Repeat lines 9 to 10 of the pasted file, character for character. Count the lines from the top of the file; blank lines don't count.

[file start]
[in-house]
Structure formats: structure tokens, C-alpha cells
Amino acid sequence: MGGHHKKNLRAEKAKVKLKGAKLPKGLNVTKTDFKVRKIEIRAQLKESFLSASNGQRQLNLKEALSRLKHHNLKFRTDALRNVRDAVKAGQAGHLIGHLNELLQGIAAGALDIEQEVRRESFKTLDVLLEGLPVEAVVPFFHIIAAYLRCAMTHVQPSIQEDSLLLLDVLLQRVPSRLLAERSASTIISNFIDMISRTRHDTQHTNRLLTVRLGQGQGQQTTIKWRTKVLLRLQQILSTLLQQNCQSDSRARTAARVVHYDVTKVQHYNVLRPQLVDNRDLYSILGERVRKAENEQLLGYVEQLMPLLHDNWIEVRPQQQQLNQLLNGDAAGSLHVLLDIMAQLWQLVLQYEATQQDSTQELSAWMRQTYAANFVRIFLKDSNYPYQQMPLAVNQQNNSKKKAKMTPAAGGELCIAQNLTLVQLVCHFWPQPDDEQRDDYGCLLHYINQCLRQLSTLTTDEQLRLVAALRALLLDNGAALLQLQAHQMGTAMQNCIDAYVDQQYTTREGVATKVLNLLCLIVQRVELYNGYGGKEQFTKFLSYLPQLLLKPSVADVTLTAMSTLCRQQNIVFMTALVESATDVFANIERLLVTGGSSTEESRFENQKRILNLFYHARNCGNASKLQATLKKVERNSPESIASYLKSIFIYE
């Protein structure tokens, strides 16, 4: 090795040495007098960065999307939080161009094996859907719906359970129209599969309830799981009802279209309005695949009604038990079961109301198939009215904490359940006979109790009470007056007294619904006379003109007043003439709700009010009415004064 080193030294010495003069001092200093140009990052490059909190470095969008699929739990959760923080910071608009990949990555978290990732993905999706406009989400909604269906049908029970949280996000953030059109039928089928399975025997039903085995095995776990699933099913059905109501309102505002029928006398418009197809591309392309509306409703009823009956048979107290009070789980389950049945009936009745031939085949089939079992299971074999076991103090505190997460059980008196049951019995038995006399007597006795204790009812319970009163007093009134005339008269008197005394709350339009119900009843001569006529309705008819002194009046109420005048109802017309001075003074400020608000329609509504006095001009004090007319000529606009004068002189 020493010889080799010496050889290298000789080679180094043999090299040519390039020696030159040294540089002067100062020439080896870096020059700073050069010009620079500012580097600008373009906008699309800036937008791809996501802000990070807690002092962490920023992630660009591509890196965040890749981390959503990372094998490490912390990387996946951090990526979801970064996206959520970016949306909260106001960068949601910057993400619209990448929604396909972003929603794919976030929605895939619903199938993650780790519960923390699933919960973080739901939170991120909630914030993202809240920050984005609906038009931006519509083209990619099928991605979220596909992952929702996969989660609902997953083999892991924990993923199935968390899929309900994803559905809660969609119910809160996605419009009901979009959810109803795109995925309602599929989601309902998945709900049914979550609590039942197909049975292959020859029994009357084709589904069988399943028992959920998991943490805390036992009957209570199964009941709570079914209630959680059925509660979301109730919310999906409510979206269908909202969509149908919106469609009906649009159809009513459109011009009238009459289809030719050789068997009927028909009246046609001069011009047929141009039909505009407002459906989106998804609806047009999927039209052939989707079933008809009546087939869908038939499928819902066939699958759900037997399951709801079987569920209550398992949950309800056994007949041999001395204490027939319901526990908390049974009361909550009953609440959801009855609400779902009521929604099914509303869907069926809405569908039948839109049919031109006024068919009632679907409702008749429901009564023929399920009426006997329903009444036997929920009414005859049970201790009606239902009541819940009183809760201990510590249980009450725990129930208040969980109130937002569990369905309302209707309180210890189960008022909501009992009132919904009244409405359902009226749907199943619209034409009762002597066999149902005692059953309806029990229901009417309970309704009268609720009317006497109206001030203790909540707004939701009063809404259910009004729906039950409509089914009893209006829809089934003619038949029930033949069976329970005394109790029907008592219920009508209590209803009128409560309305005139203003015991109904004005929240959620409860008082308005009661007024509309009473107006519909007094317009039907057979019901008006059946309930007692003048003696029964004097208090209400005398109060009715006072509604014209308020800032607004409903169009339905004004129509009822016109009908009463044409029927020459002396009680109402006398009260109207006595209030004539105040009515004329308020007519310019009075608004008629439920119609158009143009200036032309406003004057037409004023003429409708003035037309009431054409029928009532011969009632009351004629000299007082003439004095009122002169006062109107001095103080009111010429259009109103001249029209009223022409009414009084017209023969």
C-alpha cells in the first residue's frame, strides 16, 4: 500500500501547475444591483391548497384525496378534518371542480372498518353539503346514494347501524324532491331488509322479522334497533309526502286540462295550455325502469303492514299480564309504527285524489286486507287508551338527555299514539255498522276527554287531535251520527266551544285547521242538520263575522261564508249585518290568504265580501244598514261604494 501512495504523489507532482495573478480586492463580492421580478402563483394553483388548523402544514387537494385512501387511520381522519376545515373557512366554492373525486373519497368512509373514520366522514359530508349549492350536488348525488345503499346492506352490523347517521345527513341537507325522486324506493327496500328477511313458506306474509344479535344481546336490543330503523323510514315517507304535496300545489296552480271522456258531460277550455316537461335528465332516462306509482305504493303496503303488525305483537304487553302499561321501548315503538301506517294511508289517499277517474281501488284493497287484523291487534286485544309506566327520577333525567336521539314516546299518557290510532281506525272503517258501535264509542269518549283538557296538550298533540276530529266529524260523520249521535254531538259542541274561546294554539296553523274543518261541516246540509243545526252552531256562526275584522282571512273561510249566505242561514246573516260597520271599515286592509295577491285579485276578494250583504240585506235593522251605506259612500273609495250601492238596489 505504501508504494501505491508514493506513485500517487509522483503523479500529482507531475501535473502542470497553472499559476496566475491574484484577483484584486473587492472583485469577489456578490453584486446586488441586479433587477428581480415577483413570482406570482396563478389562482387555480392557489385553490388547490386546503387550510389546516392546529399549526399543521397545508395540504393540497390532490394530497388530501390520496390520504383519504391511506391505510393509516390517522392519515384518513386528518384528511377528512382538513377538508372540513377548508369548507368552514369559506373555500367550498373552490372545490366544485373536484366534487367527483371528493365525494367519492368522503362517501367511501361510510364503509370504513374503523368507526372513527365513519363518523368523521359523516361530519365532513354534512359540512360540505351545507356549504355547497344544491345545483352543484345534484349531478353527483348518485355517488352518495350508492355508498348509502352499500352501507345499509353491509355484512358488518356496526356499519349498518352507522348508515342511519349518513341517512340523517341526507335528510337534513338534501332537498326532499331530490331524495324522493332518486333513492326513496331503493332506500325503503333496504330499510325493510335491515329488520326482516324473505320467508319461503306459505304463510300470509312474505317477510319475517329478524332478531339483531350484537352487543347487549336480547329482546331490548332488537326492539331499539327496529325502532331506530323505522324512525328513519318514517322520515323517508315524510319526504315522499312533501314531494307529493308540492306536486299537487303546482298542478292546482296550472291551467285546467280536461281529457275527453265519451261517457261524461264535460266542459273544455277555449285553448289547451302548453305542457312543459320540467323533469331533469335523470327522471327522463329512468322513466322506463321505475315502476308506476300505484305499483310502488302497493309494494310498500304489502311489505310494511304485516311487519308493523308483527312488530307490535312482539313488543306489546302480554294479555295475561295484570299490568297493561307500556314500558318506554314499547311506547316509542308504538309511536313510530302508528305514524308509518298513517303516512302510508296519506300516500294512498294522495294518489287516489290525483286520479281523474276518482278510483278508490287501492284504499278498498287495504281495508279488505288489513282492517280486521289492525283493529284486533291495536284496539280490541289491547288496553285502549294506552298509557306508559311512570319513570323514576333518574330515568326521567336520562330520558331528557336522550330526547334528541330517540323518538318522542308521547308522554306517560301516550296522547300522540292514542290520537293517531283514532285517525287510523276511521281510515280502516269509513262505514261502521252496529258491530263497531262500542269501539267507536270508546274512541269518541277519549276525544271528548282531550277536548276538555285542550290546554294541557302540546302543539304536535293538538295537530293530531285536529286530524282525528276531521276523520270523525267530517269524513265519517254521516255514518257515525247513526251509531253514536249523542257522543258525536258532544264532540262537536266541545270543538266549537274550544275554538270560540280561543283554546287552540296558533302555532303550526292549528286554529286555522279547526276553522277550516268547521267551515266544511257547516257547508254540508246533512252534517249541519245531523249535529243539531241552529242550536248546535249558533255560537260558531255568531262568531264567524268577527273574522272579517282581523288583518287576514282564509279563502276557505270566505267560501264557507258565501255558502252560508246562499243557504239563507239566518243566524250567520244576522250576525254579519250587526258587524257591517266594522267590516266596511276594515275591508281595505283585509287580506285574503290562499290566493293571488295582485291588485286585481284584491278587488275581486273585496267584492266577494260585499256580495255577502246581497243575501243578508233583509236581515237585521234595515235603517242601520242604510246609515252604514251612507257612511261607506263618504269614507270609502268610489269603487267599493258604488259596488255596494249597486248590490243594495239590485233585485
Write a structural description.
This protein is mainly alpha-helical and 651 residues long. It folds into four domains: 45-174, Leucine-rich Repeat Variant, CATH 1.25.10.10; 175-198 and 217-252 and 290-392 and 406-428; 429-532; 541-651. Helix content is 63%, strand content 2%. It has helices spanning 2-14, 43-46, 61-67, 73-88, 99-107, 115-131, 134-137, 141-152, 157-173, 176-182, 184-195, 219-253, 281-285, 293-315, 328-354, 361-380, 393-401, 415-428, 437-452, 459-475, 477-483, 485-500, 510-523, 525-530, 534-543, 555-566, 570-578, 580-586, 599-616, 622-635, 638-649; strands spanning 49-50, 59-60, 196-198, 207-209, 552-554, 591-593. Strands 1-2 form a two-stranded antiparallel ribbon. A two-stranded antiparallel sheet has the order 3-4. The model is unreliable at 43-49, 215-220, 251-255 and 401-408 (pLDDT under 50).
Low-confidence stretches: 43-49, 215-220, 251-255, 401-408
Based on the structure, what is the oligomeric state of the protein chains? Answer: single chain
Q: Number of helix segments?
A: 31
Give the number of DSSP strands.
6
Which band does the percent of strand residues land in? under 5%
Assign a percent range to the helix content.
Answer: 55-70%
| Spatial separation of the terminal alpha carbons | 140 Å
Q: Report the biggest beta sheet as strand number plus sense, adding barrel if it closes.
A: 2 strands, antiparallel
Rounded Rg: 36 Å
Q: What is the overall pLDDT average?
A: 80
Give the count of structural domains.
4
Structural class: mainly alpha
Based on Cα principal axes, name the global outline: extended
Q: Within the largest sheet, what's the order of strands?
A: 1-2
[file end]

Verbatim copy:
Based on the structure, what is the oligomeric state of the protein chains? Answer: single chain
Q: Number of helix segments?